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PLCO: Where Are We Now?
Abstract & Commentary
By Robert L. Coleman, MD, Professor, University of Texas; M.D. Anderson Cancer Center, Houston, is Associate Editor for OB/GYN Clinical Alert.
Dr. Coleman is a consultant for GlaxoSmithKline, Eli Lilly Co., Abbott Laboratories, Sanofi-Aventis, and Pfizer; and serves on the speakers bureau for GlaxoSmithKline, Eli Lilly Co., and OrthoBiotech.
Synopsis: The Prostate, Lung, Colorectal and Ovarian (PLCO) screening trial is a large ongoing cohort examining the impact, in this case, of annual ultrasound and CA125 determinations on the identification of ovarian cancer. This report, now through 4 rounds of screening, provides updated information as to the frequency of false-positive screens resulting in surgery and the proportion of cases diagnosed with early-stage distribution. While improving over the time interval, rates of screen-positive surgery are still high, with most cases of ovarian cancer being of advanced stage. Impact on mortality is still unknown.
Source: Partridge E, et al. Results from four rounds of ovarian cancer screening in a randomized trial. Obstet Gynecol 2009:113:775-782.
The primary objective of the PLCO study is to evaluate the impact of annual screening with transvaginal ultrasound (TVUS) and CA125 on ovarian cancer mortality. The study is prospectively following a cohort of more than 34,000 largely postmenopausal women with intact ovaries with an algorithm where either an abnormal CA125 (≥ 35 units/mL) or an abnormality on TVUS is considered a positive screen. Follow-up procedures of a positive screen are not pre-specified but have been tracked, as well as any surgical interventions resulting from these findings. Compliance with the protocol decreased slightly over the 3 years of post-baseline evaluation, but remained above 75%. In contrast to CA125, screen-positive TVUS decreased over the interval from 4.6% at baseline to 3.4% at year 3. Nearly 90 ovarian cancers have been diagnosed so far; 60 were identified by screening abnormalities. Overall, the ratio of screen-positive ovarian cancers relative to benign disease decreased from 30:1 to nearly 20:1. Seventy-two percent of the ovarian cancers identified were of advanced stage. The study continues to mature with relatively good compliance. The impact of screening on the primary endpoint is unknown.
One of the most daunting clinicopathological features of ovarian cancer is the high mortality rate among women diagnosed with advanced stage disease — a rate that has changed little despite a prolific expansion of available therapeutic strategies. Adding to this frustration is the recognition that women with early-stage disease can be routinely cured with surgery and chemotherapy. Unfortunately, the ratio of the former to the latter is 3:1, and has varied little over the last 3 decades. Nevertheless, the dichotomy in prognosis between these two categories of women drives the search for reliable and acceptable screening; in this regard, even a slight adjustment in these stage ratios could have a profound effect on expected outcomes with disease.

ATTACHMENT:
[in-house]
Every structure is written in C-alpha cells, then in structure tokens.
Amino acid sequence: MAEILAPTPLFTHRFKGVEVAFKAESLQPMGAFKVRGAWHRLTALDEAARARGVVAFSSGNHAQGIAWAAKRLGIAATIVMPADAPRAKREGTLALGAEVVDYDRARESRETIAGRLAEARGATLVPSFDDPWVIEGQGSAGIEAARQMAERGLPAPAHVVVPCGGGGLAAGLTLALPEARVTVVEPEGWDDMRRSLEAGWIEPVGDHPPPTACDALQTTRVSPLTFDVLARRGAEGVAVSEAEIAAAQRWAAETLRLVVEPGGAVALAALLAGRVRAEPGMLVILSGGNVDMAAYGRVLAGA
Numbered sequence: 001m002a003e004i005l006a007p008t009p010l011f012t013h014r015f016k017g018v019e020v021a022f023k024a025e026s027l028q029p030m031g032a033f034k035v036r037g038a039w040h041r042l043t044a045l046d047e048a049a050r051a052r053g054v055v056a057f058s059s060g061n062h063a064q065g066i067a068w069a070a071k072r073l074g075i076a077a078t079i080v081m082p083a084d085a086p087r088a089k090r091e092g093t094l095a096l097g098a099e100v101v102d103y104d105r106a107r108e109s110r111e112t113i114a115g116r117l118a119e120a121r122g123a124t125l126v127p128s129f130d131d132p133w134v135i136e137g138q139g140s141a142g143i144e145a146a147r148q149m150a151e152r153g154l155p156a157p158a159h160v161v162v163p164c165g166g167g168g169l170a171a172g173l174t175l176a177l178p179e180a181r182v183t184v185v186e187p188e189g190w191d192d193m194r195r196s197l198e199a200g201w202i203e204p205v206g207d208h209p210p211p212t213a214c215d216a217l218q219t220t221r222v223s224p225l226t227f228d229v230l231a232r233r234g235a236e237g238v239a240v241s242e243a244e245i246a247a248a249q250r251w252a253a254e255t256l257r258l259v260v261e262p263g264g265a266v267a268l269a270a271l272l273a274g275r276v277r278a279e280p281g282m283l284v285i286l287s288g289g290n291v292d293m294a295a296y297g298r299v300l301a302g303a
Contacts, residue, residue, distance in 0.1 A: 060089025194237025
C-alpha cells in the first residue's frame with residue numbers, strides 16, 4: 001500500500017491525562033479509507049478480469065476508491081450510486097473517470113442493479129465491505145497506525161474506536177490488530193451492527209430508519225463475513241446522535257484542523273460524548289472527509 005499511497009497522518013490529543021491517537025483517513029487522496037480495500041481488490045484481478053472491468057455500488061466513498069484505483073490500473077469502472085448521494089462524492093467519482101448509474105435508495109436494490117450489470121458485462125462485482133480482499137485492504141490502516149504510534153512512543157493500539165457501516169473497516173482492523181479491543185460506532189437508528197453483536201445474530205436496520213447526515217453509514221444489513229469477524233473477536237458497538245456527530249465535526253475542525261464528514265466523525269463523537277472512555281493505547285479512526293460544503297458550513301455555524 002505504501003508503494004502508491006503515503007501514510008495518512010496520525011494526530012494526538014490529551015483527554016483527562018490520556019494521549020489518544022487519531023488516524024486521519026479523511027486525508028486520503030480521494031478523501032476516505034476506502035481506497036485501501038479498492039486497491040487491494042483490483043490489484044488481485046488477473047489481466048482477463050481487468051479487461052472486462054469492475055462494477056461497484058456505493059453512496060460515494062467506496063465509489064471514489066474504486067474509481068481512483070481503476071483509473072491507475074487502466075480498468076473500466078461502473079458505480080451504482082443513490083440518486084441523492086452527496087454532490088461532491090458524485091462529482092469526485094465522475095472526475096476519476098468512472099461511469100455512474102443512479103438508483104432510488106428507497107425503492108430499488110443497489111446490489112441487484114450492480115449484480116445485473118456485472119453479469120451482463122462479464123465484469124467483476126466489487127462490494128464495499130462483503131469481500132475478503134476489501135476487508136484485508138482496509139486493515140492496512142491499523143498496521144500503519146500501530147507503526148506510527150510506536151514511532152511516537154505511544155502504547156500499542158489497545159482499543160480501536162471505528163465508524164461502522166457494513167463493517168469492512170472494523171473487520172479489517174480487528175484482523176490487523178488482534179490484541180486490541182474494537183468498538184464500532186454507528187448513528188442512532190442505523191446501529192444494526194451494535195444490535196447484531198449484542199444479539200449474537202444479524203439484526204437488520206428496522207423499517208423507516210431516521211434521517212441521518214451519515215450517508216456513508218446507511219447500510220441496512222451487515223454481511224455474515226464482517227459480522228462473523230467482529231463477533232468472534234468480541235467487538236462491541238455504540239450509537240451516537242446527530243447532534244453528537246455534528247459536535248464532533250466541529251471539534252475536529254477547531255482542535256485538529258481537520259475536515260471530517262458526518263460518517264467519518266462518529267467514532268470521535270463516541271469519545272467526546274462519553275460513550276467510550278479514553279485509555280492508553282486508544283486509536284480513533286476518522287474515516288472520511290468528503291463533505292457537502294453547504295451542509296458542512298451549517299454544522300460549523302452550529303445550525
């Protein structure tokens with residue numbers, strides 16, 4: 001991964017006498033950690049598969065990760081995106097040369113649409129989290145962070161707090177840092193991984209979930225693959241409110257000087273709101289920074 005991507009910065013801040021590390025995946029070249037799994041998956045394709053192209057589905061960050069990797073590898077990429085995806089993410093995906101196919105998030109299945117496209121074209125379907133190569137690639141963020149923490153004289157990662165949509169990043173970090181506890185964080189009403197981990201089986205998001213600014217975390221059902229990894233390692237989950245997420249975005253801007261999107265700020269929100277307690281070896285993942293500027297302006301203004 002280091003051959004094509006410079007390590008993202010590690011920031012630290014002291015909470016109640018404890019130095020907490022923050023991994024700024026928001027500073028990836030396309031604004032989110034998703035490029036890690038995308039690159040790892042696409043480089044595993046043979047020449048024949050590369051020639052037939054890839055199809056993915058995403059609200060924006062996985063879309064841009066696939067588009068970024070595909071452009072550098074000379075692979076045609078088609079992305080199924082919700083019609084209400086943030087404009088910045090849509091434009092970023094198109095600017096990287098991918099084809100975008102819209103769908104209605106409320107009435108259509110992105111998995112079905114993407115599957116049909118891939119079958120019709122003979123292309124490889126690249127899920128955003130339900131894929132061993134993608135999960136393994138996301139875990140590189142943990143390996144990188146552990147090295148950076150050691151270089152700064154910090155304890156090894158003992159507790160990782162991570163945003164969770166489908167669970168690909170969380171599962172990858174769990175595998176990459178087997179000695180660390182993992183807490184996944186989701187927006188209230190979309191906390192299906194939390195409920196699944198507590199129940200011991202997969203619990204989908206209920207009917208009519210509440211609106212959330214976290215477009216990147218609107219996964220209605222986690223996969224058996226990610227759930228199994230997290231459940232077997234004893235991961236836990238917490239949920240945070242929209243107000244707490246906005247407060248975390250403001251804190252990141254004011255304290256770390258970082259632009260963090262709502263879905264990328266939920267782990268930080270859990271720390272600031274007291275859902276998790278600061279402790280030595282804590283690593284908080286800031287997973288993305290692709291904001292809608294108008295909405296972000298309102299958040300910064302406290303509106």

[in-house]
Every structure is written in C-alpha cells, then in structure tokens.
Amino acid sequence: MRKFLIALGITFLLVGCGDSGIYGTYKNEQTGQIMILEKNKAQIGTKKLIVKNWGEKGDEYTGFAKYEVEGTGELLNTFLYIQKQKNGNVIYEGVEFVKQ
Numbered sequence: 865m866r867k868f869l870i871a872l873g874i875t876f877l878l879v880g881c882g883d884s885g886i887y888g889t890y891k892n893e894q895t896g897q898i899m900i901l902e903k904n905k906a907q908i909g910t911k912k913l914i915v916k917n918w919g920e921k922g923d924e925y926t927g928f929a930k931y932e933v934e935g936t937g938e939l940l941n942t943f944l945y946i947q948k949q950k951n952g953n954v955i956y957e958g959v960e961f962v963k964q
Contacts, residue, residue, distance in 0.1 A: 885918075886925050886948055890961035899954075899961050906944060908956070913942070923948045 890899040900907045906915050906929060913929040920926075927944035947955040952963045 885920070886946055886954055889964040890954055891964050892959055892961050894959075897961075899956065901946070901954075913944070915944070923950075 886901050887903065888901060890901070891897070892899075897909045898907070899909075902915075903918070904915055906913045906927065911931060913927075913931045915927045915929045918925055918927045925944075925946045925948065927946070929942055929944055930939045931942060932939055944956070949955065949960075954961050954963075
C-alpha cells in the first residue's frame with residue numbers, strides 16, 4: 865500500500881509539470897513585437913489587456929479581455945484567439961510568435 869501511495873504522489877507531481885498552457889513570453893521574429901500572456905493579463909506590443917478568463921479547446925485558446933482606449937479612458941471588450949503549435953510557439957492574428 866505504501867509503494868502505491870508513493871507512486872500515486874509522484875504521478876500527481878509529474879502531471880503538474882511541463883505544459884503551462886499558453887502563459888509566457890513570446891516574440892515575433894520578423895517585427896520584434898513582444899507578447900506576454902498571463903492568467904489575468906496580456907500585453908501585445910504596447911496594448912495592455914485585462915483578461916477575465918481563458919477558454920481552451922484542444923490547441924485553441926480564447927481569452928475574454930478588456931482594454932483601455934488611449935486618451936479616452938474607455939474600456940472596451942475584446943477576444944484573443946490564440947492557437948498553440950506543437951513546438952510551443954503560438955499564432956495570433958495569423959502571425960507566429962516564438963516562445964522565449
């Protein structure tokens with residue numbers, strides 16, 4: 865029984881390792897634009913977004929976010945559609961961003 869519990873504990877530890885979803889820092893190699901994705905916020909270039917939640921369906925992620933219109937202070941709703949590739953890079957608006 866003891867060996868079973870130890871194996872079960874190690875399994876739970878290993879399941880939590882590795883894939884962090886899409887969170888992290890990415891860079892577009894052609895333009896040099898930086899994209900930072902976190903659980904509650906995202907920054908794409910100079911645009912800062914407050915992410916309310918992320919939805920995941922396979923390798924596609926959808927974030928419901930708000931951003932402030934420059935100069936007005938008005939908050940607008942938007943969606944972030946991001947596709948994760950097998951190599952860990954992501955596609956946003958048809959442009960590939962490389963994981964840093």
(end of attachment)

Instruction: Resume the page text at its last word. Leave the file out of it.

There are many different strategies being currently investigated to screen for ovarian cancer in the general population; however, most now incorporate imaging (like TVUS) and biomarkers coupled with a decision algorithm based on their findings. The great challenge of screening a low-risk population is the burden necessarily placed on the performance of the prescribed screening tool or tools. The low prevalence requires the rate of false-positive screening to be a fraction of a percent or else extraordinarily high numbers of women will be taken for surgical evaluation unnecessarily to find very few cancers.
Among the least invasive dual strategy screening programs under way is the one used in the PLCO study. In this cohort of menopausal age women only a single TVUS and CA125 are done annually. There are no guidelines pre-specified for how one is to handle a positive screen but relative to the original report of this study, the ratio of unnecessary surgery has significantly decreased from about 30:1 to 20:1. This report also provides important information on screening compliance, rates of positive screens over time, and modalities of post-positive screen diagnostic and surgical interventions. It is noteworthy that the percentage of positive screens has decreased by about 22% and may reach a steady state with further follow-up. However, the low predictive value positive with this algorithm and the persistent 3:1 ratio of advanced-stage disease relative to early-stage disease is unlikely to have a measurable impact on overall survival.
The largest screening study ever conducted has recently completed its enrollment and results are anxiously awaited. In this 200,000 patient trial, each modality (CA125 and TVUS) is being evaluated relative to controls (no screening). The preliminary data are maturing but the decision algorithm proposed has decreased the ratio of advanced- to early-stage cancers. Like the PLCO, screening sent about 20 women to surgery for each cancer identified, but the impact on mortality may be more favorable given the shift to more early-stage cancers.
Others are evaluating ultrasound and CA125 with different decision algorithms, as well as discovering and testing new biomarkers. It is clear our goals are to vastly expand these technologies to improve our ability to identify this disease in the clinical scenario it is most curable or preventable.